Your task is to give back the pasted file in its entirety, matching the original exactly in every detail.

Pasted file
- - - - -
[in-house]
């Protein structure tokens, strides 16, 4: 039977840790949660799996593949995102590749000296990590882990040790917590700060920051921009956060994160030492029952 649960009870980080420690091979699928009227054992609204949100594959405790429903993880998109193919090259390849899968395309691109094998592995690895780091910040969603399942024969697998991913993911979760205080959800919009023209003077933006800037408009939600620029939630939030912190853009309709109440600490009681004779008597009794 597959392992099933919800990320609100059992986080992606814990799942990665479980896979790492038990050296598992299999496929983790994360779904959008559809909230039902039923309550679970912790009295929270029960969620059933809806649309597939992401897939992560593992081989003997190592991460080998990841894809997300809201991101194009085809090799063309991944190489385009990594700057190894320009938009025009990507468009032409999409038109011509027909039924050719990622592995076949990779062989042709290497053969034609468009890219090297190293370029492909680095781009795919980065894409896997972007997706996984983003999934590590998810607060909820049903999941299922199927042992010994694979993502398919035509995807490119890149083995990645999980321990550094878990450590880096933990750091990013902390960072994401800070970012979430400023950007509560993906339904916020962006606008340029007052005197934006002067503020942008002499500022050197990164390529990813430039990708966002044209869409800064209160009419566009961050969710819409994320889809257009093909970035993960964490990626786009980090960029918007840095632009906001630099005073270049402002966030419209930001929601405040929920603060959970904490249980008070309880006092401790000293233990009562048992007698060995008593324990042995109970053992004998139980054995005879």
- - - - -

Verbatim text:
[in-house]
């Protein structure tokens, strides 16, 4: 039977840790949660799996593949995102590749000296990590882990040790917590700060920051921009956060994160030492029952 649960009870980080420690091979699928009227054992609204949100594959405790429903993880998109193919090259390849899968395309691109094998592995690895780091910040969603399942024969697998991913993911979760205080959800919009023209003077933006800037408009939600620029939630939030912190853009309709109440600490009681004779008597009794 597959392992099933919800990320609100059992986080992606814990799942990665479980896979790492038990050296598992299999496929983790994360779904959008559809909230039902039923309550679970912790009295929270029960969620059933809806649309597939992401897939992560593992081989003997190592991460080998990841894809997300809201991101194009085809090799063309991944190489385009990594700057190894320009938009025009990507468009032409999409038109011509027909039924050719990622592995076949990779062989042709290497053969034609468009890219090297190293370029492909680095781009795919980065894409896997972007997706996984983003999934590590998810607060909820049903999941299922199927042992010994694979993502398919035509995807490119890149083995990645999980321990550094878990450590880096933990750091990013902390960072994401800070970012979430400023950007509560993906339904916020962006606008340029007052005197934006002067503020942008002499500022050197990164390529990813430039990708966002044209869409800064209160009419566009961050969710819409994320889809257009093909970035993960964490990626786009980090960029918007840095632009906001630099005073270049402002966030419209930001929601405040929920603060959970904490249980008070309880006092401790000293233990009562048992007698060995008593324990042995109970053992004998139980054995005879």